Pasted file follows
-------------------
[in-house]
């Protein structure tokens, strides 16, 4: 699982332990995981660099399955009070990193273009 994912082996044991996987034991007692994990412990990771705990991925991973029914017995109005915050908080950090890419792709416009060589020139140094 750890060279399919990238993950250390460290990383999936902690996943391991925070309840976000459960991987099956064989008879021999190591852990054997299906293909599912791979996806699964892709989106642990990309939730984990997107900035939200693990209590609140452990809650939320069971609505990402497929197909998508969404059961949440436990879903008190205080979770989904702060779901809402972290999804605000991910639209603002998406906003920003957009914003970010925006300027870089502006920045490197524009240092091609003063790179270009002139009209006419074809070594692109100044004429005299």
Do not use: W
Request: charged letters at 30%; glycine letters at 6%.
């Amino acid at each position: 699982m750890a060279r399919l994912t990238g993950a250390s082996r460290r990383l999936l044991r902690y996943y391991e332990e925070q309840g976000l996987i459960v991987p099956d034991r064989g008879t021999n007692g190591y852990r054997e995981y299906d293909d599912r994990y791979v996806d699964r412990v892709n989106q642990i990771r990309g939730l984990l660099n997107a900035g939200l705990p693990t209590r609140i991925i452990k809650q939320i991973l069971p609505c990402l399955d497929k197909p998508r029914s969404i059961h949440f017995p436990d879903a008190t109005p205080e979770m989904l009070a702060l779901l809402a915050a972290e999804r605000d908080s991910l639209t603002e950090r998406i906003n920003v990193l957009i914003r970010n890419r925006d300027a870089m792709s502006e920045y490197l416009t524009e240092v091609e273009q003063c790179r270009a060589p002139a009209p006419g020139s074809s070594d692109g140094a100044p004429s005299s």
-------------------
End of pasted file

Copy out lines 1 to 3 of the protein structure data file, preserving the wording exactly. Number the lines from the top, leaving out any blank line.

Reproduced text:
[in-house]
């Protein structure tokens, strides 16, 4: 699982332990995981660099399955009070990193273009 994912082996044991996987034991007692994990412990990771705990991925991973029914017995109005915050908080950090890419792709416009060589020139140094 750890060279399919990238993950250390460290990383999936902690996943391991925070309840976000459960991987099956064989008879021999190591852990054997299906293909599912791979996806699964892709989106642990990309939730984990997107900035939200693990209590609140452990809650939320069971609505990402497929197909998508969404059961949440436990879903008190205080979770989904702060779901809402972290999804605000991910639209603002998406906003920003957009914003970010925006300027870089502006920045490197524009240092091609003063790179270009002139009209006419074809070594692109100044004429005299």
Do not use: W